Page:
2. Reduce Costs: Actually, reducing costs does not necessarily mean that you will first need to streamline your processes. You will need to examine your expenses and decide what things take too much from your budget and whether or not these costs can be reduced in some way. If this is possible, then definitely go for it.
  3. Take a Break: It’s true that for a business to function properly, you need to keep it working and continue moving forward. However, the lockdown provides you with a unique opportunity to finally take a break. This is especially useful for small business owners who are either the only employee or have one or two employees besides themselves. You can’t open it right now, so sit back and relax at home. You won’t have a vacation like this anytime soon.
  4. Support Customers: During the lockdown, most business owners tend to think about their businesses first which are completely natural. However, you need to understand that your customers also need support, especially if you sell products that are essential for them. Provide them with discounts and gifts, offer delivery options, and so on.
  5. Evaluate Prices: Evaluating your prices is also a way to support your customers. Maybe you could sell some products for a reduced price during the lockdown and raise the prices back up once you go back to the usual business.
  6. Keep the Focus: Online: Keeping the focus online means that you dedicate more time to your online efforts instead of thinking merely about your physical store as you do on a regular basis. Improve your social media marketing strategy, update or redesign your website, and so on.
  7. Limit Store Access: When it comes to businesses that are still open, it is important to remember the necessary regulations. Don’t let too many customers inside your store at the same time, ensure that you disinfect your store at all the set times, and maybe even provide your customers with free face masks or gloves.
  8. Do Research: Doing online research is now much easier because almost everyone is spending their time online because of all the free time they have. You can survey your customers all you like and get a lot of valuable statistical data that you can then use in your marketing and product development.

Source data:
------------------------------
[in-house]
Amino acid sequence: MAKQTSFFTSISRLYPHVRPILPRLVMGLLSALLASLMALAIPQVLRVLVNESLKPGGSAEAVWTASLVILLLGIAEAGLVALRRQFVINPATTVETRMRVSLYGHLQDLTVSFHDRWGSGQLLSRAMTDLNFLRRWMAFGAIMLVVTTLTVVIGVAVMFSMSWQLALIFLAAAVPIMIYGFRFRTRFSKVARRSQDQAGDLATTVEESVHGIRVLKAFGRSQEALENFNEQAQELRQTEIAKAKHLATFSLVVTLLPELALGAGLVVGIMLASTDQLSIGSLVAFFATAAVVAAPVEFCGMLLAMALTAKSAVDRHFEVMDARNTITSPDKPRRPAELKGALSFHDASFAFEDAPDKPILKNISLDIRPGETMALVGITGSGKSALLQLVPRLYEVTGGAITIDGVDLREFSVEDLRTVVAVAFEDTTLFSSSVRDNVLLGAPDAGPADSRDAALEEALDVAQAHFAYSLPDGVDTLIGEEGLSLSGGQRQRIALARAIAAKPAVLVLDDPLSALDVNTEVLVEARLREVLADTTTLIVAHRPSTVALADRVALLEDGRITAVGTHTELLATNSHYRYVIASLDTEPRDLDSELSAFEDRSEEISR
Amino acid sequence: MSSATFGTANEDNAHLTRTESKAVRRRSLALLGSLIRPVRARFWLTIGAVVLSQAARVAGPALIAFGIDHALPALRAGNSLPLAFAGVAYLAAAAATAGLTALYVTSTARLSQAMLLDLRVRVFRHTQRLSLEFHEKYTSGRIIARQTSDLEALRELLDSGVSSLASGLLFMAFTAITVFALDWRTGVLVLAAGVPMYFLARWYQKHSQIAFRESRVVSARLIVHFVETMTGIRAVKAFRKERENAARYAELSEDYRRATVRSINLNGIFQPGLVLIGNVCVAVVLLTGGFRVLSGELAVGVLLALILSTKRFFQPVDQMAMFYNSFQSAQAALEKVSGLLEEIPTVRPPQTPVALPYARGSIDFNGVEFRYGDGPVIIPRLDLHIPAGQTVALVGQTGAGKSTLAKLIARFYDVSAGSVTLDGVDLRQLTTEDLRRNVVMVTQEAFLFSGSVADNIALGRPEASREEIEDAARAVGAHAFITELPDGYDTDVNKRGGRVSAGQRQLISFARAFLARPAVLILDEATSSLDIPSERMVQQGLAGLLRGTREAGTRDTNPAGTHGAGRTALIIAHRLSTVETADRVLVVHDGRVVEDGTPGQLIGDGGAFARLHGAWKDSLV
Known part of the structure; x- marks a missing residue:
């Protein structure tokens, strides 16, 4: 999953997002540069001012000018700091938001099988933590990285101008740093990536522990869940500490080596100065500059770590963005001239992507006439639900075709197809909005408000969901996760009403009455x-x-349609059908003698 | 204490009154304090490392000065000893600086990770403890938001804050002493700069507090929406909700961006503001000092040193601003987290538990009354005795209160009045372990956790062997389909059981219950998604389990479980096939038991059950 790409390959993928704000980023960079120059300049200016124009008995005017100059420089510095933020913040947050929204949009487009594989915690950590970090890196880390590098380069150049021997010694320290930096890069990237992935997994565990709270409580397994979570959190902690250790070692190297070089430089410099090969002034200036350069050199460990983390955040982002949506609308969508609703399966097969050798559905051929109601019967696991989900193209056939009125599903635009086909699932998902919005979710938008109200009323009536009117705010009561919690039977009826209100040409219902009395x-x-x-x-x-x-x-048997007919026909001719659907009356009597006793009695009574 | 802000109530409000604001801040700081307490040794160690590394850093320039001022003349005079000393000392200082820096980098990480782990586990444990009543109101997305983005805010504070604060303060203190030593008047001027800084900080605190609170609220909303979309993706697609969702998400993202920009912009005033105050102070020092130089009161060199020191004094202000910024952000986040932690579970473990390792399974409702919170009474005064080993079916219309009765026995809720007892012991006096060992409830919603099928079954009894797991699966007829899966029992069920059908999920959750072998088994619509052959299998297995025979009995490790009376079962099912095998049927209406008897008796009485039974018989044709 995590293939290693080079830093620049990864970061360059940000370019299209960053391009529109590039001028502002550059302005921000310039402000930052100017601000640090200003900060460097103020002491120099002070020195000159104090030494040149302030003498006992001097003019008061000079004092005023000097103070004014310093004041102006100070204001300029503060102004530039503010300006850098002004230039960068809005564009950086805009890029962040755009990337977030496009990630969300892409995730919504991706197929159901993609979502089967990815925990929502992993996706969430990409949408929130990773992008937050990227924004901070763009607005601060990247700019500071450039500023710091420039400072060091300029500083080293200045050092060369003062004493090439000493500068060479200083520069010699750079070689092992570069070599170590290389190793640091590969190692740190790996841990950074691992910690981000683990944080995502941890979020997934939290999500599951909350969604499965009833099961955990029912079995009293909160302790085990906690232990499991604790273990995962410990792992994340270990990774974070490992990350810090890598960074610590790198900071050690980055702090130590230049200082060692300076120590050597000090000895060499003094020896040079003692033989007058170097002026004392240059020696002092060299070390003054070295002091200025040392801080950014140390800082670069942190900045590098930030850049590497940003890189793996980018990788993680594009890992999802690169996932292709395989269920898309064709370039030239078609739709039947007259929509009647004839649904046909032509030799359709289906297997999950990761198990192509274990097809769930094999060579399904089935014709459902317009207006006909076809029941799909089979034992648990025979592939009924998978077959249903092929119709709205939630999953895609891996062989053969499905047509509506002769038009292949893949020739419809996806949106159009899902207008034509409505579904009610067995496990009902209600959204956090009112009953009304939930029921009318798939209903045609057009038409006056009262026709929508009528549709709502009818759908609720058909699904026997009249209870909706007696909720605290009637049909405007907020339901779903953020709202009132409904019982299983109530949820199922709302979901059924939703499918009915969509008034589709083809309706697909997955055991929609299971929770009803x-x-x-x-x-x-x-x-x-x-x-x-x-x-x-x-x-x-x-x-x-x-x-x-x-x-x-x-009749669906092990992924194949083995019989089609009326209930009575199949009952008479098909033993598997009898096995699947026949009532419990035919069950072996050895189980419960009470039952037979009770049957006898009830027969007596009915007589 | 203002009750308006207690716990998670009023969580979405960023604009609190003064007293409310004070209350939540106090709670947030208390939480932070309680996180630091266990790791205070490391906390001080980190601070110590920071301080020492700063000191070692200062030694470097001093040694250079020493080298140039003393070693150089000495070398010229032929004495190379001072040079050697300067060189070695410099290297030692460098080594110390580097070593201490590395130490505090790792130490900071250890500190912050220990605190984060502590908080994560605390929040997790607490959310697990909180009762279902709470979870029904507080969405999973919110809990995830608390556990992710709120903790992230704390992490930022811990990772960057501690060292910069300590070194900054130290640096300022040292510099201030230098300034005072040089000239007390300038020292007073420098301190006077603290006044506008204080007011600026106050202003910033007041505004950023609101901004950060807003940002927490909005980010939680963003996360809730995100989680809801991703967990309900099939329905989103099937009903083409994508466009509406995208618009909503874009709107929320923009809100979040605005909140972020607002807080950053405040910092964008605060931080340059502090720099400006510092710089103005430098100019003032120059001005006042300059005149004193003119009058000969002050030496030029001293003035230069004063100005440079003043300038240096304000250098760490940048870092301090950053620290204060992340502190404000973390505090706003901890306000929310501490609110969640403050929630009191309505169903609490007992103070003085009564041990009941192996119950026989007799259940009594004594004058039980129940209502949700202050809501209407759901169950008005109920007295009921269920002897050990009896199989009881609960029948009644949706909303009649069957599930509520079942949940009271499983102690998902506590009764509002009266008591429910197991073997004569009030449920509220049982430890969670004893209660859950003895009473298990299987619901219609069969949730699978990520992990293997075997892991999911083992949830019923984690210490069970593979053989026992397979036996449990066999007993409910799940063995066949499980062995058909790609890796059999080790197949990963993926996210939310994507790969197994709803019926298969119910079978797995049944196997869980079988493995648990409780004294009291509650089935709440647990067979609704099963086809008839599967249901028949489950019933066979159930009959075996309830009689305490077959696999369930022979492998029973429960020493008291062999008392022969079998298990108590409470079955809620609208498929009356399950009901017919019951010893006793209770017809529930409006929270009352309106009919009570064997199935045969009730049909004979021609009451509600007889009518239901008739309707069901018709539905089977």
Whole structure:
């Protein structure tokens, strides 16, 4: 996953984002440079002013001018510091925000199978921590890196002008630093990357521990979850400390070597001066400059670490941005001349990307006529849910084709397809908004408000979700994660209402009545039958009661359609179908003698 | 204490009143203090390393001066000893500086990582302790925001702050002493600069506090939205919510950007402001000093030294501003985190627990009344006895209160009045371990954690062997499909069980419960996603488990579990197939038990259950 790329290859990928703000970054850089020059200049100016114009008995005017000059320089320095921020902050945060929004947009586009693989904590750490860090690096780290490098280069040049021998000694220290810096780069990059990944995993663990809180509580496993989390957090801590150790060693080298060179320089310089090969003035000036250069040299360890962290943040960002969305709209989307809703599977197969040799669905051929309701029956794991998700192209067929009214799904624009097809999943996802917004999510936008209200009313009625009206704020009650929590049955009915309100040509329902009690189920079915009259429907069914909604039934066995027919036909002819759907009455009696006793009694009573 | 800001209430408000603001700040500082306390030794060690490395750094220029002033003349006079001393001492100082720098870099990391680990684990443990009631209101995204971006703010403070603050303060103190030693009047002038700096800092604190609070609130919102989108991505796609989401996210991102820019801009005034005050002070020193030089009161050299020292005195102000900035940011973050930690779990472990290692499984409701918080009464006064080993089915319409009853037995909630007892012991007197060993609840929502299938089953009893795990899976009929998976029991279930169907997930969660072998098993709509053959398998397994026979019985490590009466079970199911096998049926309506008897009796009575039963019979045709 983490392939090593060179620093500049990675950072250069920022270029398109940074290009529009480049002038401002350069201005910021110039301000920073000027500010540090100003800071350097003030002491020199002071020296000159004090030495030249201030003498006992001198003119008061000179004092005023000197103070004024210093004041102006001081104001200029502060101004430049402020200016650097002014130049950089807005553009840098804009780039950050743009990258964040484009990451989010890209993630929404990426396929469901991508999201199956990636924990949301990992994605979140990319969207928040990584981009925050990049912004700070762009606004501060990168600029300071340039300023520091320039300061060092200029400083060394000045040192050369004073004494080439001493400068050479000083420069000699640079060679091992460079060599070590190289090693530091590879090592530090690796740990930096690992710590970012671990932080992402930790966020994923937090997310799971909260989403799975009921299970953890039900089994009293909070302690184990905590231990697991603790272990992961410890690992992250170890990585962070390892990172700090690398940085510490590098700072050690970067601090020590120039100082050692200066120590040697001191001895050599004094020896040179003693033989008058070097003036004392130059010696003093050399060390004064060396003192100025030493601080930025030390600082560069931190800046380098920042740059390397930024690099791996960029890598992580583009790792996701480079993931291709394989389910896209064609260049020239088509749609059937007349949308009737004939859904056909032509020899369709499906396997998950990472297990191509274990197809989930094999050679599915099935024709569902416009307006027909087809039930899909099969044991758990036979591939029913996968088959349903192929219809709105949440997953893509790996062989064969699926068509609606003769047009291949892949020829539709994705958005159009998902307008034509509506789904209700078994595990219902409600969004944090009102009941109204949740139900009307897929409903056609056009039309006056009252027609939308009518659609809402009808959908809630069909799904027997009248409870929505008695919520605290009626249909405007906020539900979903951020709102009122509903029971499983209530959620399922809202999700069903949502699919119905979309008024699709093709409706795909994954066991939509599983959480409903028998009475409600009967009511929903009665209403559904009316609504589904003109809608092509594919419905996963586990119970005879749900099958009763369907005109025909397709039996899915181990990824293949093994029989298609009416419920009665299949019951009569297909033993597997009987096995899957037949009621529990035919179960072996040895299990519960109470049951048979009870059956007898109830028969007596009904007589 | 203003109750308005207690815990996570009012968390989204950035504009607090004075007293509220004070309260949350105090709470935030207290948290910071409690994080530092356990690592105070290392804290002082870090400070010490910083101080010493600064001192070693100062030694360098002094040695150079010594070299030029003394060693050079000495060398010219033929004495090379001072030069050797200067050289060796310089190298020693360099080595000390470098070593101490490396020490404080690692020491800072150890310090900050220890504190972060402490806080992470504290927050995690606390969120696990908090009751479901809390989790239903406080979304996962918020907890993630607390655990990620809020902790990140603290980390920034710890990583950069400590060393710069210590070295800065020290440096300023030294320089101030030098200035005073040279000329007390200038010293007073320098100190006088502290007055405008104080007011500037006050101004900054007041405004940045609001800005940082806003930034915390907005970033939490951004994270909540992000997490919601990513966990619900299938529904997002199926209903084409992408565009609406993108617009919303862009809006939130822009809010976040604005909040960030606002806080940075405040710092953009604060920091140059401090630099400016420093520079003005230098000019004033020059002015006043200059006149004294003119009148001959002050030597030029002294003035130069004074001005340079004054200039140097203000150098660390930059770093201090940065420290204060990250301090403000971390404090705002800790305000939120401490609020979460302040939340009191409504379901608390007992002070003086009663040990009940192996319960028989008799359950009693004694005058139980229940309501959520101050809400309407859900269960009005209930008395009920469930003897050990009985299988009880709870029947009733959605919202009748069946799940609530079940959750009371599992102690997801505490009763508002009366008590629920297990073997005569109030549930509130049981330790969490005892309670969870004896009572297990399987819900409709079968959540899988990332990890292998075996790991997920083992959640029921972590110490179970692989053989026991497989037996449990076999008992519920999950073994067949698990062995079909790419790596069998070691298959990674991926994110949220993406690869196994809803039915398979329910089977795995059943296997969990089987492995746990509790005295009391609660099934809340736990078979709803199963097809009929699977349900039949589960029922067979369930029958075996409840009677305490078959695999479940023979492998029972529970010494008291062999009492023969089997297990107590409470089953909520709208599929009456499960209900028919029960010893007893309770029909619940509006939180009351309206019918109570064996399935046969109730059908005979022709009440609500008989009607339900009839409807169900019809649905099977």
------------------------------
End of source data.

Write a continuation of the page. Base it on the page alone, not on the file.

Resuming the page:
9. Publish Content: Publishing content is an aspect of keeping the focus online, but there’s still something more to it. By publishing entertaining, educational, and other content online during the lockdown, you can improve your company’s reputation, raises your brand awareness, get extra exposure, and so much more.
  10. Renovate and Innovate: Renovation and innovation go hand in hand with progress, so if you want your business to develop, you will need to think of these two. Now that you have more time, you can renovate your store, find new approaches to advertising, improve your products, and so on.
  11. Plan A Re-Opening Sale: Last but not least, retailers are getting ready for what will come after the lockdown. You need to plan a re-opening sale which is what will come right after businesses can finally open and let in customers.

Final Thoughts

All in all, there are many things you can do to make the quarantine easier to bear for you and your business. In general, Canadian retailers are doing fine right now, but some admit that the lockdown brings challenges they haven’t experienced before.


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Visualizing the Human Impact on the Earth’s Surface




Biodiversity benefits humanity in many ways.

It helps make the global economy more resilient, it functions as an integral part of our culture and identity, and research has shown it’s even linked to our physical health.

However, despite its importance, Earth’s biodiversity has decreased significantly over the last few decades. In fact, between 1970 and 2016, the population of vertebrate species fell by 68% on average worldwide. What’s causing this global decline?